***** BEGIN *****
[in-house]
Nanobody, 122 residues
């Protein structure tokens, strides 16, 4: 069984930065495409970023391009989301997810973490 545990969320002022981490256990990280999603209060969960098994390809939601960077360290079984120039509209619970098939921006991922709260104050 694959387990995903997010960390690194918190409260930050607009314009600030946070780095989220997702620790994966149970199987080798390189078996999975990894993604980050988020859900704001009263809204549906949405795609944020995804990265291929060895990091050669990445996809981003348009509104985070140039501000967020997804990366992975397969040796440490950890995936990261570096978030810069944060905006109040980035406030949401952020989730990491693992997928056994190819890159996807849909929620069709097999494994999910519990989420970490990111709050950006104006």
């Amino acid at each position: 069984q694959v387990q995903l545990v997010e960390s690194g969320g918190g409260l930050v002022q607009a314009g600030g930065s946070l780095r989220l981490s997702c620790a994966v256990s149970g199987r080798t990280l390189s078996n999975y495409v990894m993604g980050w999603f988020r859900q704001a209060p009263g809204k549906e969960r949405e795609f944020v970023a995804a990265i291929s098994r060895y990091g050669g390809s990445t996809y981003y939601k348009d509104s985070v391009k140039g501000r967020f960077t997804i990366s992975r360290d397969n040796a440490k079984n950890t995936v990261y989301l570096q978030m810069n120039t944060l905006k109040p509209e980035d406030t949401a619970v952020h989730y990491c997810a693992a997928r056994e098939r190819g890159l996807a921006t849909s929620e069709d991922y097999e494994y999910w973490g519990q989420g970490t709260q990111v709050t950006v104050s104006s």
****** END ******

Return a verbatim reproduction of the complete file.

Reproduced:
[in-house]
Nanobody, 122 residues
């Protein structure tokens, strides 16, 4: 069984930065495409970023391009989301997810973490 545990969320002022981490256990990280999603209060969960098994390809939601960077360290079984120039509209619970098939921006991922709260104050 694959387990995903997010960390690194918190409260930050607009314009600030946070780095989220997702620790994966149970199987080798390189078996999975990894993604980050988020859900704001009263809204549906949405795609944020995804990265291929060895990091050669990445996809981003348009509104985070140039501000967020997804990366992975397969040796440490950890995936990261570096978030810069944060905006109040980035406030949401952020989730990491693992997928056994190819890159996807849909929620069709097999494994999910519990989420970490990111709050950006104006």
């Amino acid at each position: 069984q694959v387990q995903l545990v997010e960390s690194g969320g918190g409260l930050v002022q607009a314009g600030g930065s946070l780095r989220l981490s997702c620790a994966v256990s149970g199987r080798t990280l390189s078996n999975y495409v990894m993604g980050w999603f988020r859900q704001a209060p009263g809204k549906e969960r949405e795609f944020v970023a995804a990265i291929s098994r060895y990091g050669g390809s990445t996809y981003y939601k348009d509104s985070v391009k140039g501000r967020f960077t997804i990366s992975r360290d397969n040796a440490k079984n950890t995936v990261y989301l570096q978030m810069n120039t944060l905006k109040p509209e980035d406030t949401a619970v952020h989730y990491c997810a693992a997928r056994e098939r190819g890159l996807a921006t849909s929620e069709d991922y097999e494994y999910w973490g519990q989420g970490t709260q990111v709050t950006v104050s104006s």